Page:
Giovanni Boldini (1842-1931)
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Born in Ferrara, Italy as the eighth in a family of thirteen children, Giovanni Boldini was the son of a painter and art restorer. He was a sickly baby, which led to a sick childhood, but was favored by his father nonetheless. This closeness with his father was probably the reason that Boldini became interested in art.
At the age of 20, Boldini received a bit of money from a wealthy uncle and decided to go to Florence and attend The Academy of Art. Here he met members of the Barbizon school and was also influenced by the Macchiaioli—a group of artists opposed to academic painting.
Boldini was able to travel extensively over the next few years to London, Italy, Spain and other corners of Europe. He studied the works of Degas, Manet, Caillebot and Sisely and was said to have admired the work of Corot. During these travels, Boldini truly found himself as a portrait painter, and even painted some frescoes in buildings along the way.
Eventually, Boldini would settle in Paris in 1871, but not before he gained world acclaim. Three years later he would be able to start exhibiting his work more regularly and aggressively. Boldini started the 20th century as one of the best-known Italian painters, but sadly, his work lost commercial appeal shortly after his death in 1931.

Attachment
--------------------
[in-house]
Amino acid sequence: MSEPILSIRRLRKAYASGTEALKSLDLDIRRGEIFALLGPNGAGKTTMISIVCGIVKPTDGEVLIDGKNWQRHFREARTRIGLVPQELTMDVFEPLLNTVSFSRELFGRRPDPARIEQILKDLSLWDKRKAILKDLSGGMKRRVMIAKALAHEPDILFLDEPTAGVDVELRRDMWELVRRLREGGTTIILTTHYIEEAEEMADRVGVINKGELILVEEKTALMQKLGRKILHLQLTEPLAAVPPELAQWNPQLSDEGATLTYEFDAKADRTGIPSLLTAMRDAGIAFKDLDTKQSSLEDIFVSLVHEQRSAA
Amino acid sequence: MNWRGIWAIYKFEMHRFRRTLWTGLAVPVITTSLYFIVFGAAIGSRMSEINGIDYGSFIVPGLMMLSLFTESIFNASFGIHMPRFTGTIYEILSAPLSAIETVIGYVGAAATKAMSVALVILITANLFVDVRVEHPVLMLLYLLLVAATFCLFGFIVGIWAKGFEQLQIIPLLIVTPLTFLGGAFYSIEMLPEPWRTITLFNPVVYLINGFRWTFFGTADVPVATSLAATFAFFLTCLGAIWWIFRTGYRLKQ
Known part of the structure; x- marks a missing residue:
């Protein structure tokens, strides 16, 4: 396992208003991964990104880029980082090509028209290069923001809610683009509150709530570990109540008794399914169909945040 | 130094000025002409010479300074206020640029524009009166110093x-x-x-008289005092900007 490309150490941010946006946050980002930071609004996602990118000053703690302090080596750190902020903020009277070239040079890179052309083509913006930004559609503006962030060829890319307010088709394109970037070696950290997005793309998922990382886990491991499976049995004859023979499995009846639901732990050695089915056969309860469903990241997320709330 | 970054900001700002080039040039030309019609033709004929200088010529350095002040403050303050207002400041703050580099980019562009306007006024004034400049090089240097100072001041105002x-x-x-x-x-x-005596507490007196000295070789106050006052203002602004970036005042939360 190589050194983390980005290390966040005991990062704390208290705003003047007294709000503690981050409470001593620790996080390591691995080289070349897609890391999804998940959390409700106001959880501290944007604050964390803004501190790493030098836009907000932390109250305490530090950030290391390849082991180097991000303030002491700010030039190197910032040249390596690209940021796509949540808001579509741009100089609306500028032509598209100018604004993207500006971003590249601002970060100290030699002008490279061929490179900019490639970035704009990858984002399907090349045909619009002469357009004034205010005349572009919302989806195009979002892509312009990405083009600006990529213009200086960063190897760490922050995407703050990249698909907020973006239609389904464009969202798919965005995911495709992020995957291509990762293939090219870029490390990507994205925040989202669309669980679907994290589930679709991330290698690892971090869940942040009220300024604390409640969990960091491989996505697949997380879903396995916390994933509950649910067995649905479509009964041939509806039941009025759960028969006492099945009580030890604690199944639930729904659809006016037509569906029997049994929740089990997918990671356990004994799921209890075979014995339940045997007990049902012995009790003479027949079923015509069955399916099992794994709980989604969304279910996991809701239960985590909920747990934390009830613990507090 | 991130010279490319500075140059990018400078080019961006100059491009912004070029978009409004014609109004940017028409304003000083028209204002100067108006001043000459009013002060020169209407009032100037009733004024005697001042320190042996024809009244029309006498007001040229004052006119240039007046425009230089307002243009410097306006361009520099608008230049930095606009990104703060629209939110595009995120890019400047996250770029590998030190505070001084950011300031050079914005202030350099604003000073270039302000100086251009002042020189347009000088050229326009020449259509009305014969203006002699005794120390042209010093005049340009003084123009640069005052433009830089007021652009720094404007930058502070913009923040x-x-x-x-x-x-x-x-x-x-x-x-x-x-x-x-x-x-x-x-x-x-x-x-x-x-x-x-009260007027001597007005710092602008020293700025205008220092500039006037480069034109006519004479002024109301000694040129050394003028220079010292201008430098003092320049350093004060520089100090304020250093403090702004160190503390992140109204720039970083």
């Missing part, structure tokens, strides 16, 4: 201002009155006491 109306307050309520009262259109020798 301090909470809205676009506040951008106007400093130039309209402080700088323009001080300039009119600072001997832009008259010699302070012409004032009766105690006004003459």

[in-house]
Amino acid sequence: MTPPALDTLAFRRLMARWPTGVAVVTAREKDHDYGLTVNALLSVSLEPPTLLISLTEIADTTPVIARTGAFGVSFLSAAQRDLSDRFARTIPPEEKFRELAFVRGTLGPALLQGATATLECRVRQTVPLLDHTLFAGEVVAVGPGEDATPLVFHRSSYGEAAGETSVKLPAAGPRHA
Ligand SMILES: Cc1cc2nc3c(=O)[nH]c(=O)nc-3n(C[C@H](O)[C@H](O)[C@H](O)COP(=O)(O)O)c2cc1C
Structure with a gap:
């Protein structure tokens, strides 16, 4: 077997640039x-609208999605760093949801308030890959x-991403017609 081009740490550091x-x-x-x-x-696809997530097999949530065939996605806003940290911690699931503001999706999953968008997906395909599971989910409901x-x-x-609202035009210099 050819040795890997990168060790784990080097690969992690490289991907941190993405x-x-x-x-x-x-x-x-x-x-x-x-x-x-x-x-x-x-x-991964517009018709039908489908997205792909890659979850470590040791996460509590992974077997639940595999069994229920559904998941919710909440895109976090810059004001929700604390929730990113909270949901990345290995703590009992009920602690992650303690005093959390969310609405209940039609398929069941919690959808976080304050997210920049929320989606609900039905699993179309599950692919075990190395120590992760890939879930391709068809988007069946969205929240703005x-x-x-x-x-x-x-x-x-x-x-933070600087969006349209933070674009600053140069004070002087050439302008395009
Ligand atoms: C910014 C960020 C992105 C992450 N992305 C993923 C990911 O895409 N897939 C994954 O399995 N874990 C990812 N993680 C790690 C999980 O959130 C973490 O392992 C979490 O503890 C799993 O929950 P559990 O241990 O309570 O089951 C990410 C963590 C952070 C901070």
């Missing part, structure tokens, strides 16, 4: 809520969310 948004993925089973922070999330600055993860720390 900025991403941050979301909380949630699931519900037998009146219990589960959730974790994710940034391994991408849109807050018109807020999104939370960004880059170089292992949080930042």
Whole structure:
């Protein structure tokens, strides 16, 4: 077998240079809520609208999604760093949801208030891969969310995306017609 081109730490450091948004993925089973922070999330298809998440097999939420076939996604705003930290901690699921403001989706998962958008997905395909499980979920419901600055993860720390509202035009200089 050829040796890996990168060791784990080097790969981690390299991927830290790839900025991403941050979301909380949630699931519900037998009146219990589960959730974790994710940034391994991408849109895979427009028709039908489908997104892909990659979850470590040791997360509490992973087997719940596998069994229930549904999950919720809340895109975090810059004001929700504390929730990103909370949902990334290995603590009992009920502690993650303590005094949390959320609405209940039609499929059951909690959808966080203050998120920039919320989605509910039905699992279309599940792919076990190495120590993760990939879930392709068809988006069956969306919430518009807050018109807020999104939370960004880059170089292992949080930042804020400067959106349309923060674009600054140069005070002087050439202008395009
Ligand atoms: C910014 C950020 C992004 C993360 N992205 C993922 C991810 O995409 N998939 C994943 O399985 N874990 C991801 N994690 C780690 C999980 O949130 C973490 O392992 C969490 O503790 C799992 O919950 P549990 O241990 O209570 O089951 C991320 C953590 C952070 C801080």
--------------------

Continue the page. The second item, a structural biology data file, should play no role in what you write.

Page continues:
Known for his paintings of women, in particular, Boldini was a master portrait painter. He would also create street scenes of Parisian city life, as well as landscapes and even costume design. By definition, Boldini was an Impressionist, although his portraits are very realistic.
Perhaps the reason that he was so sought after by the “Belle Epoque” was his nouveau brush stroke techniques—Boldini would create fluidity in his brushstrokes that was very pleasing to the eye (and flattering to the subject). In fact, a 1933 article by Time Magazine would coin Boldini as “The Master of Swish” because of these sweeping brushstrokes. Not only that, but his subjects were often placed in slightly (or very) seductive poses that made the women in his portrait look sensual and even powerful.
Boldini also began experimenting with etchings and prints in the 1880’s. During this time the influence of Degas became very apparent in both his theme and style of painting—like Degas, Boldini began using pastels instead of oil paint for his larger portraits. Luckily, the two had become good friends, or else a feud might have been incited.
Though the name Boldini does not ring as familiar as Degas and Manet, his work was still as sought-after and highly valued. Boldini traveled extensively in his early days—meaning that the painting hanging on a relative’s wall in London, Italy or even New York and was painted between 1860-1870—could be a Boldini.
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